I wish Elecraft started on a successor for the KX1 and K1, this time I will not miss it !!! Please Elecraft go back to your roots and give us kitbuilders some super transceivers which are small and handy. πŸ™‚

    Further this year we hope HAMRADO in Friedrichshafen will take place, however that will only be possible when vaccinations come through. Components are getting low, junkbox is empty, small hamfairs are missed…

    Frank ON6UU

    1. Oh wow, Frank. Yes, C-19 definitely took a bite out of your field activities.

      Like you, I haven’t even gone on activations with my buddy Vlado (N3CZ) because we’re not in the same “bubble” and both of us have family reasons for taking the spread of C-19 very seriously.

      Much of the year, no matter how bad the lock-down, I can hike from my house to an 8 point SOTA summit. It’s much tougher late-spring to early-fall due to the foliage and it needs to be dry so that I can make it to the ridge line (it’s very steep). I will be attempting this in a week or so (weather pending) and am hoping the park service hasn’t closed the last bit of trail to the summit. I might hike 1.5 hours only to find they have. In that case, though, I can always activate up to three parks on the way back.

      I’m with you 100% on the KX1 successor. I know the KX2 is about perfection in a box, but I’d love an even smaller radio that could do both CW and SSB with controls as simple as those on the KX1. I’d buy it in a heartbeat! πŸ™‚ And to build it? All the better!

      If things go amazingly well, I might be able to attend a hamfest or two later in the year. I should think Huntsville might possibly be doable if those vaccines get out there asap.

      Take care and stay healthy out there!


  2. Be carefull with your ankle when going out for that sota Thomas.

    There’s a unbuild K1 on ebay for the moment, but I have already one. hihi
    I would buy and build those KX1s and K1s ones they are there πŸ™‚ We can wish, but will they ever become reality ?? Many hope.


    1. Thank goodness that unbuilt K1 is a bit pricey for me! πŸ™‚ I think I’d buy it without hesitation. I did own one from about 2008-2011 or so and loved it.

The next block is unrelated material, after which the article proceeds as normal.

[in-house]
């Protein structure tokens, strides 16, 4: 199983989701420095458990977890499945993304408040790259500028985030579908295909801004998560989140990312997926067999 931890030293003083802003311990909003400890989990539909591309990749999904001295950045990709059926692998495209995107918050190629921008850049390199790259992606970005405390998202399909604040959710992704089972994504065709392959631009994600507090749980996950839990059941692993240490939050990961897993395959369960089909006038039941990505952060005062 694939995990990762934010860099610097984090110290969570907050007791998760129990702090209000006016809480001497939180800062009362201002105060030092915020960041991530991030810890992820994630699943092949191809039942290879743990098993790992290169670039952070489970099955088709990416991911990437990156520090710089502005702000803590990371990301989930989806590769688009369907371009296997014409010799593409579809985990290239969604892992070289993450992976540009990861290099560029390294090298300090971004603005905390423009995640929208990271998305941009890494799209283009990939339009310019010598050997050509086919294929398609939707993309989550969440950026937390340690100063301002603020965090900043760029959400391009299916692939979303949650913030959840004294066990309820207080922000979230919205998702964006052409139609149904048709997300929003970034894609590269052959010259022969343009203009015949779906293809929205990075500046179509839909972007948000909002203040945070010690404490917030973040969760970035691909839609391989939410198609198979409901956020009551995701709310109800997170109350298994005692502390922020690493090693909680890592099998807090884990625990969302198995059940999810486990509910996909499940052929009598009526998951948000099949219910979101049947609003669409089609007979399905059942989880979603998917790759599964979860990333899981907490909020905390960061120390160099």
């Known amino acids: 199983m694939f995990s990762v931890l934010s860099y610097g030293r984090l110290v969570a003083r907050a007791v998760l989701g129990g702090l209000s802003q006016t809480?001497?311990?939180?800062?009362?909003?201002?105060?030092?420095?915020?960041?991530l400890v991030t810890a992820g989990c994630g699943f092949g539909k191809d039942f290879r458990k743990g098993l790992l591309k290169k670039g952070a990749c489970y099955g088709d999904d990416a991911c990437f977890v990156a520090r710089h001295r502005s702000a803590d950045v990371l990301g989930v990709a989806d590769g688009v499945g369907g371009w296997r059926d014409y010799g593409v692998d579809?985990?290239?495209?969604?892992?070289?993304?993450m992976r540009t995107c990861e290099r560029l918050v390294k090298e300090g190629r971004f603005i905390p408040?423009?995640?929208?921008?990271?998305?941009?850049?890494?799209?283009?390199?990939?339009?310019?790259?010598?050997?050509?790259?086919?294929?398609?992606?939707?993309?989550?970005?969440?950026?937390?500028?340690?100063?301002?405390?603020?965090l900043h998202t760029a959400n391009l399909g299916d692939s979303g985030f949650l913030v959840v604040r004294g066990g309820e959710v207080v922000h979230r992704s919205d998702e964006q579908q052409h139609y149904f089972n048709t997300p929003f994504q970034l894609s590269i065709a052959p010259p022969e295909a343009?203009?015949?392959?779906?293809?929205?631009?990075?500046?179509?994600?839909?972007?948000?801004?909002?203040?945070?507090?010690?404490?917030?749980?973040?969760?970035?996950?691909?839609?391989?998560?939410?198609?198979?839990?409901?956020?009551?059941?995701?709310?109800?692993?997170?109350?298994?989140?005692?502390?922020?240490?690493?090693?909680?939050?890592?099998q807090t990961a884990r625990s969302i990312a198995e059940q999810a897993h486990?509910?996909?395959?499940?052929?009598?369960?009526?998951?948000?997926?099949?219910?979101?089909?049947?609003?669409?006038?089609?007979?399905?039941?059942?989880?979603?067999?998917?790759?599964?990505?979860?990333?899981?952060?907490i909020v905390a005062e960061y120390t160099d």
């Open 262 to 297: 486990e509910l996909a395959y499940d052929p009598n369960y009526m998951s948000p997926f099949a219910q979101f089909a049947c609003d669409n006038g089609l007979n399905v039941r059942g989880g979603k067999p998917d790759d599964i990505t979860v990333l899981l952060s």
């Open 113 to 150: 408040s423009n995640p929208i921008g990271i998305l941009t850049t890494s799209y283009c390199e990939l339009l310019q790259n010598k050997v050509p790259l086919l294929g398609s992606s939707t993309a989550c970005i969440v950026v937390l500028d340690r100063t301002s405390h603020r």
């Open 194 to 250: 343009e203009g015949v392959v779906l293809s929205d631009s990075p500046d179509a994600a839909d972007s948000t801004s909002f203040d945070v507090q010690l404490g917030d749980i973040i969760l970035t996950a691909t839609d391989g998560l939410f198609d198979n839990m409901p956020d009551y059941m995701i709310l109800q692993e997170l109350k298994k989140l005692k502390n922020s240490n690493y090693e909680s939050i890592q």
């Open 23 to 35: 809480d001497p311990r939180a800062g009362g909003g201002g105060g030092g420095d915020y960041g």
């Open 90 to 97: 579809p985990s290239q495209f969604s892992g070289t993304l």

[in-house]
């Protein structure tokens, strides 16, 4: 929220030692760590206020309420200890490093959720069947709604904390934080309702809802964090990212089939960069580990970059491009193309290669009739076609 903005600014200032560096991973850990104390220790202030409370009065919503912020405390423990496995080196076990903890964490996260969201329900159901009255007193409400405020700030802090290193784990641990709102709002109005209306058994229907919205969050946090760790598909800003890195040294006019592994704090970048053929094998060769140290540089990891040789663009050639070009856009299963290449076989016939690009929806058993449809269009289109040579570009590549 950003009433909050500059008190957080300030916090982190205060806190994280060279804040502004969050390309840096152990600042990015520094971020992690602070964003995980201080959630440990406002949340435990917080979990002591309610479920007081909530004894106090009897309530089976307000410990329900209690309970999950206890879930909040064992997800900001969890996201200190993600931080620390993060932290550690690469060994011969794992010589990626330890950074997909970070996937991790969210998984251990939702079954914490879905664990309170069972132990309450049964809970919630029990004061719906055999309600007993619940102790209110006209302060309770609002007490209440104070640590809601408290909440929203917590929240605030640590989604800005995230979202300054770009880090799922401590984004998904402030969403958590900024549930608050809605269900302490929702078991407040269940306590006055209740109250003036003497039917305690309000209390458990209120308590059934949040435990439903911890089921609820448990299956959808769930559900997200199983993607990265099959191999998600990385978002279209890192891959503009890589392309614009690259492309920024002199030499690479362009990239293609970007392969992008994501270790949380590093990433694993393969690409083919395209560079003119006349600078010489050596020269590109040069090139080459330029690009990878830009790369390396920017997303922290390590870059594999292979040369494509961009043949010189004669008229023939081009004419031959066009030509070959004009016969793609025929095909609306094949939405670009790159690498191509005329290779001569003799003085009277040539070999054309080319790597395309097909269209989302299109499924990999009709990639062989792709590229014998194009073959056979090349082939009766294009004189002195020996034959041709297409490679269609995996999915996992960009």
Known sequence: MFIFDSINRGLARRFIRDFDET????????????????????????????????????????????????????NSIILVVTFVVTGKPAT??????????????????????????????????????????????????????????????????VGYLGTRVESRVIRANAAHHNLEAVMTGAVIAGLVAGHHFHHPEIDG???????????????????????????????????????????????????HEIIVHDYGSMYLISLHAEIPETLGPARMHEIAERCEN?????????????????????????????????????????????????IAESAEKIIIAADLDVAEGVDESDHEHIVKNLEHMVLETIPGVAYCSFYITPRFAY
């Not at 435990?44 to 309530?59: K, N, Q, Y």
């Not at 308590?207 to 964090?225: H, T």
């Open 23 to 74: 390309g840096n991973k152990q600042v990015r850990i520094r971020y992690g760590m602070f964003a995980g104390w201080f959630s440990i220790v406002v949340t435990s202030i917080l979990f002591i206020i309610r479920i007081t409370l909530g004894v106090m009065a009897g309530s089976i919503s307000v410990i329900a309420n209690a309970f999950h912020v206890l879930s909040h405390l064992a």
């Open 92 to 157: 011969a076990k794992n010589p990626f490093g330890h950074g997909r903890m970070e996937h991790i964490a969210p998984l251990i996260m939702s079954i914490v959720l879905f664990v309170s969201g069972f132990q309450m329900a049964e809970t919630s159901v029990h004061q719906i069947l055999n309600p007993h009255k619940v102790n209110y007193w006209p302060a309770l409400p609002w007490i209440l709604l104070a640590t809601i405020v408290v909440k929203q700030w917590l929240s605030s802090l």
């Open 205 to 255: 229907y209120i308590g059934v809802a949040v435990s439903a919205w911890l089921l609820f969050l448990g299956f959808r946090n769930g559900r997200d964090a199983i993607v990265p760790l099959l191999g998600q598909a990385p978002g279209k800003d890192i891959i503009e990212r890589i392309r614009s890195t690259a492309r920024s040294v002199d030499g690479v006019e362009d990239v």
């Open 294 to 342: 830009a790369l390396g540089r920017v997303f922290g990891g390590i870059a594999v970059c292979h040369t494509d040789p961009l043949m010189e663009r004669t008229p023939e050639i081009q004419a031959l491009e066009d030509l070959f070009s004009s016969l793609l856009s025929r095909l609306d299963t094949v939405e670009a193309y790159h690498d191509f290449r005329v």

3. Hi Thomas,

    Nice post!

    Good news: we have a cabin booked in the Adirondacks in August this year. That means plenty of SOTA, swimming, ice cream, fishing, and SOTA. Did I say SOTA?

    I’m still working through lightest antenna variants. I’ve always had great luck with QRP Guys 40-10m UnUn ( I use it nearly every time I operate out of my vehicle using a flag stand under my car wheel and hoist it up with a 33′ MFJ fiberglass pole. Does the trick.

    But I’m still concerned about the weight of hauling an arborist line in my pack to get it up high enough. (Listen, I’m quite uncoordinated when it comes to getting a line up in the trees. As in not a good ambassador of ham radio.) Still, this should be lighter than my vertical setup which is a MFJ-1979 whip with Wolf River Coil on a Super Antenna tripod. Besides, a bunch of radials often means tripping on busy summits….

    I know there many opinions on the subject, but I’m interested in yours: lightest weight options for SOTA antennas with my KX3 and KX1….



    1. Hi, Jack,

      First off, I’m jealous of those vacation plans! Wow! You’re going to have fun!

      The QRPguys stuff is excellent. I just built their tribander.

      So I *just* purchased a smaller stuff sack to hold a second arborist throw line specifically for SOTA. As with the Adirondacks, the mountains here in western NC still tend to have trees and I’d rather not have to take a telescoping pole if I don’t have to (with that said, I’m contemplating a very backpackable one this year).

      I’ll report on the smaller arborist throw line bag. I’m hoping it’s compact and lightweight enough that I’ll be happy. With it, I would likely use an end-fed wire antenna.

      Though a tad pricey, Th AX1 would pair well with your KX3 (I haven’t tried it with the KX1 yet) and couldn’t be more portable. I would suggest keeping it around as a spare SOTA antenna anyway.

      Some food for thought. I’ll let you know in a post about the smaller throw line bag.

      Cheers & 73,